The highlight of a student’s undergraduate music career is a performance with the symphony orchestra. A festive occasion, the Scholarship Benefit Concert features talented, hard-working young musicians. This year’s winners of the Annual UNC Concerto Competition were horn players Matthew Martell, Laura Hartley, Daniel Hammond, and Samantha Englander, all students of Andrew McAfee, and sopranos Lindsey Dvorak and Sara Abernathy, students of Barbara Ann Peters and Jeanne Fischer, and Catherine Park, a student of Terry Rhodes. Conducted by Tonu Kalam, the University of North Carolina Symphony Orchestra performed two weighty pieces showing off the high performing level of the flagship group: Wagner’s Prelude to Die Meistersinger von Nürnberg and Borodin’s Polovtsian Dances from Prince Igor.

Robert Schumann’s Konzertstuck in F for Four Horns and Orchestra, Op. 86 (1849), was an immediate success and remains a landmark work from the composer’s most productive year. Perhaps reflecting the tumultuous historical moment and exploiting the capability of the newly developed valve horn, the music is grand yet optimistic and lush with vibrant color. Created in four independent voices, each uniquely challenging, Schumann’s piece is rooted in the traditional concerto grosso. With a number of shining moments, the horn ensemble, led by Martell, who performed the fiendishly difficult tessitura of the first part, played very well in tune and with great verve; the orchestra enhanced the performance with equal commitment. The horn players, who played major sections in Die Meistersinger, were welcomed to their orchestral seats with well-deserved enthusiasm.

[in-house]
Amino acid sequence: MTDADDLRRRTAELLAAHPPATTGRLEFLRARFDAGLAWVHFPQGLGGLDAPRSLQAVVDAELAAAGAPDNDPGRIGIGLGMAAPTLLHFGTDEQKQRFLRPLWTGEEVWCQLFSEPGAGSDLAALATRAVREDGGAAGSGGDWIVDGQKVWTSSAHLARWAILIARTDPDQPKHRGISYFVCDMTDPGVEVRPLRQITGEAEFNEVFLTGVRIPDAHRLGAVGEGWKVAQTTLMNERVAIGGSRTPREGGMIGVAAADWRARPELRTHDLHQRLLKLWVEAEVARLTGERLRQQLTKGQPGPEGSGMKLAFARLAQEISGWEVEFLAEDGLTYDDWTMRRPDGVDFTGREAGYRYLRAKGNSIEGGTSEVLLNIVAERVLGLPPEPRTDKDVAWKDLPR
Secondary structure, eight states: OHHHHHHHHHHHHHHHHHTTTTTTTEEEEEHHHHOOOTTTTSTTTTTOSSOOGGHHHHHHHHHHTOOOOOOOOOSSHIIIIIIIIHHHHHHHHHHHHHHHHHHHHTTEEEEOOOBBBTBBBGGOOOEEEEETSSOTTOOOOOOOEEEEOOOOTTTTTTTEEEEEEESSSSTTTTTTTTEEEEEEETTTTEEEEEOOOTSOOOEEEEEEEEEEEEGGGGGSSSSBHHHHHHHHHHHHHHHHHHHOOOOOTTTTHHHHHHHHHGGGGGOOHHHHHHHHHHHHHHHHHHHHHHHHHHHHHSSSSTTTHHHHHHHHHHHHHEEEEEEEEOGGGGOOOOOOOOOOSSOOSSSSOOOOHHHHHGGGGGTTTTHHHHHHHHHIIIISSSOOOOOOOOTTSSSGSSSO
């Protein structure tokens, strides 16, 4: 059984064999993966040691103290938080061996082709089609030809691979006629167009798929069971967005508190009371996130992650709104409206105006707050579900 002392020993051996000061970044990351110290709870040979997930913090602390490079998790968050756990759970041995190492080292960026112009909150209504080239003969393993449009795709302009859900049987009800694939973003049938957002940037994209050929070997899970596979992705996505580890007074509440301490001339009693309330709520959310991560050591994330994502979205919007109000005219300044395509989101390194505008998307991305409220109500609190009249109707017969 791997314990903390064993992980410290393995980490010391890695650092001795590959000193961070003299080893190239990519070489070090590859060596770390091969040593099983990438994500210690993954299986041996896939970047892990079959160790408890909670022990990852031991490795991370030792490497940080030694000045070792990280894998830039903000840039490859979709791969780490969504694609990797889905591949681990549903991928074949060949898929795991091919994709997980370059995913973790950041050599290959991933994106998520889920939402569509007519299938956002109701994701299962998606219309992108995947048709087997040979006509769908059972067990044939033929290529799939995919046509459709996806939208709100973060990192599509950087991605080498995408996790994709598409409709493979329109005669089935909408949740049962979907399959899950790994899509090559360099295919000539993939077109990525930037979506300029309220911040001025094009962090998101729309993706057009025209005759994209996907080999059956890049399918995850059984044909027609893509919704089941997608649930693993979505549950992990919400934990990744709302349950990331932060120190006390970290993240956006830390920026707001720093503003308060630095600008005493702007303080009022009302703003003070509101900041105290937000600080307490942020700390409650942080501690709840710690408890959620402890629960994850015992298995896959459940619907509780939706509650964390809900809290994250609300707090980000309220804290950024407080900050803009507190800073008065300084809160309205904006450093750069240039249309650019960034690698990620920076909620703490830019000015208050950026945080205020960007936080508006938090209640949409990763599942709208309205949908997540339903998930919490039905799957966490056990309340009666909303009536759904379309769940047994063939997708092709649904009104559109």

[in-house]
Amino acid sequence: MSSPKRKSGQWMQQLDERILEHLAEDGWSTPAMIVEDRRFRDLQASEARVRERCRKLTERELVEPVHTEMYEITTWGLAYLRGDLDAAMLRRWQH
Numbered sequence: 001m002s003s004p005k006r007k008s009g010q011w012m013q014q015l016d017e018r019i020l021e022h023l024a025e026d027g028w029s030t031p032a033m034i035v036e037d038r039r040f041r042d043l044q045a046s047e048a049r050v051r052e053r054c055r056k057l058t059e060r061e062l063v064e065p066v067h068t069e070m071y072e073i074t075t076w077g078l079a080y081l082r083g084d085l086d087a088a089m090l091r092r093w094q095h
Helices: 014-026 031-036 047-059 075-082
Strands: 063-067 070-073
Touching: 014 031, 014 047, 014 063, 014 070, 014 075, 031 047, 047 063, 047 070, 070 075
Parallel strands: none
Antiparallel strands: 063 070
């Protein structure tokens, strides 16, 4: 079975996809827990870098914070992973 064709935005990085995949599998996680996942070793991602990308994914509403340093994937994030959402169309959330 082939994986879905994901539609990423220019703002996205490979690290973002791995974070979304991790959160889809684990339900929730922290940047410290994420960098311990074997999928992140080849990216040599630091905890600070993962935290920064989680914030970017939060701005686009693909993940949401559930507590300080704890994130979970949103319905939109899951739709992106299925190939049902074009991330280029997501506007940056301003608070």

Lindsey Dvorak’s elegant performance of three songs from Joaquin Turina’s Canto a Sevilla, Op. 37, provided a marked contrast to the horn concerto. The son of an Italian painter, and influenced by Falla and Debussy, the composer avoids a decisively nationalistic tendency. The orchestral color of the opening piece, Las Fuentecitas del Parque, for example, provides a delicate, shimmering backdrop to the soprano’s lyric melody. Unfortunately, by sheer numbers, the orchestra overpowered her voice in the lower register, particularly in “La Giralda.” Gaetano Donizetti’s “O luce di quest’ anima,” from Linda di Chamounx, calling for a coloratura soprano, was deftly performed by Catherine Park. With a powerful instrument in the making, she soared. And though her reading of Bellini’s “Oh! Quante volte,” from I Capuletti e i Montecchi, was beautiful, the weight of the orchestra pushed her, and it lacked the delicacy one expects. Even the harp seemed forced. Finally, Sara Abernethy tackled two arias from André Previn’s A Streetcar Named Desire (1998). Abernathy was strong, convincing, and projected the stormy yet vulnerable character, Blanche DuBois with panache.

Kalam’s marvelous, well-disciplined orchestra has substantially outgrown Hill Hall, which serves well as a recital hall, but is woefully inadequate for showcasing symphonic literature. Aside from the deafening amplitude, the concert was a success and the sense of occasion was high.